Growing Conditions

DSCN5620Borage will grow 3 ft high and 2 ft wide if given enough sun and moisture.  And it will flower from June until the first hard frost.  It is a true annual flower as the original plants die, but reseed in the same area to come back the next year as new plants.  It is said that if you deadhead or cut the flowers they will bloom longer, but mine bloomed prolifically without any cutting.  And it is suggested that you stagger the planting times so you can have a longer bloom period.

As borage grows taller, it tends to get top heavy.  But if you pinch them back, it can help keep them upright, as can planting them in a mostly sunny location.

Borage is best grown from seed.  If you want to harvest the leaves for use, do it early because as they DSCN6080grow larger they become bristly.  I have to use rose gloves to handle borage as it feels like I am handling a cactus when I have to prune or pull mature plants that have leaves up to 5 inches long.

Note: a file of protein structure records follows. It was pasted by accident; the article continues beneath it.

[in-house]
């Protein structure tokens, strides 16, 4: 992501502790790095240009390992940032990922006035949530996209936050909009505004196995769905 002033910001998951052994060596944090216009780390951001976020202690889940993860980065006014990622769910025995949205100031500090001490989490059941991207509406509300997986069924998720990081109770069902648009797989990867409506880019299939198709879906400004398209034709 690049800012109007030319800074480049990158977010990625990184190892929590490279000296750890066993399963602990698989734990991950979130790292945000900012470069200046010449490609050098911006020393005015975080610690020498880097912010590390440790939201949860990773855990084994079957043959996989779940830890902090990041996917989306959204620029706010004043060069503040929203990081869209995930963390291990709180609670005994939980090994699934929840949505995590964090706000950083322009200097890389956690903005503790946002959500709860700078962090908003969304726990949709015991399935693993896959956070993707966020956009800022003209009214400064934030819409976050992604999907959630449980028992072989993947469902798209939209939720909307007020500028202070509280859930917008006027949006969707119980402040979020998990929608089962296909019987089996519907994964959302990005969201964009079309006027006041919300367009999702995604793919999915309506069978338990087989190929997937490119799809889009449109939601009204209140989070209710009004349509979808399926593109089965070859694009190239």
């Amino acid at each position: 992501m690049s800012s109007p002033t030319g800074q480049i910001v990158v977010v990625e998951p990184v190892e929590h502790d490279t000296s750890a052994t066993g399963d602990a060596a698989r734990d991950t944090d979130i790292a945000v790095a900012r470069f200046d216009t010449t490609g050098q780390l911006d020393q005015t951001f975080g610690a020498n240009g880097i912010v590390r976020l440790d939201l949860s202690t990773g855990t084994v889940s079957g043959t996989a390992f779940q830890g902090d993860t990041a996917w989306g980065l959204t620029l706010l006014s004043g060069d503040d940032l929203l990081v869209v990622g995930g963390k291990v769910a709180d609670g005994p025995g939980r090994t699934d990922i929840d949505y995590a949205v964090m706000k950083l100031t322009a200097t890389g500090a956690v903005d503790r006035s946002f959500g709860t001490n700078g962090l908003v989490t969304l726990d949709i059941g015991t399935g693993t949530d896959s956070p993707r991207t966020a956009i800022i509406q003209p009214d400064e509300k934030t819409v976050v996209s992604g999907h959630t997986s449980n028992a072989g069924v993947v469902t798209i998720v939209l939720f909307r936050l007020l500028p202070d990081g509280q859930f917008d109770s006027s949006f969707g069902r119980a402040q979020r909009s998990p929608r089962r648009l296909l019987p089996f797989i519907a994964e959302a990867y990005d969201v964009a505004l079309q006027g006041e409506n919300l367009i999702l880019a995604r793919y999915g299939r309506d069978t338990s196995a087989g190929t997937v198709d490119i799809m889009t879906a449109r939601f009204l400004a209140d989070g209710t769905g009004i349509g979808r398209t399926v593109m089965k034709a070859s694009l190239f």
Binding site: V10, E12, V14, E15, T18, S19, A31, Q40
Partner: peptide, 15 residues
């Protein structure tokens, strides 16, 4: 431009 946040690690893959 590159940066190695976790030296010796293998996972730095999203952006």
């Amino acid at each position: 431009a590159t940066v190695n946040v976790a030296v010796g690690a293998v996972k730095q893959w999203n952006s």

The flowers are a beautiful blue color.  Sometimes though I do get a few pink blooms.  White borage can also be found as a cultivar. 

Borage is usually problem free, although I have had deer who like to eat these prickly plants.

 

 

 

Folklore and Tales

DSCN9427Ancient Greeks are said to have used borage to bring joy, get rid of melancholy and comfort the heart. 

Since the Middle Ages, borage leaves have been used in herbal medicine and as a potherb in soups and stews. 

Borage leaves and flowers were also mixed with wine to make what was called, “cool tankard” or “claret cup.”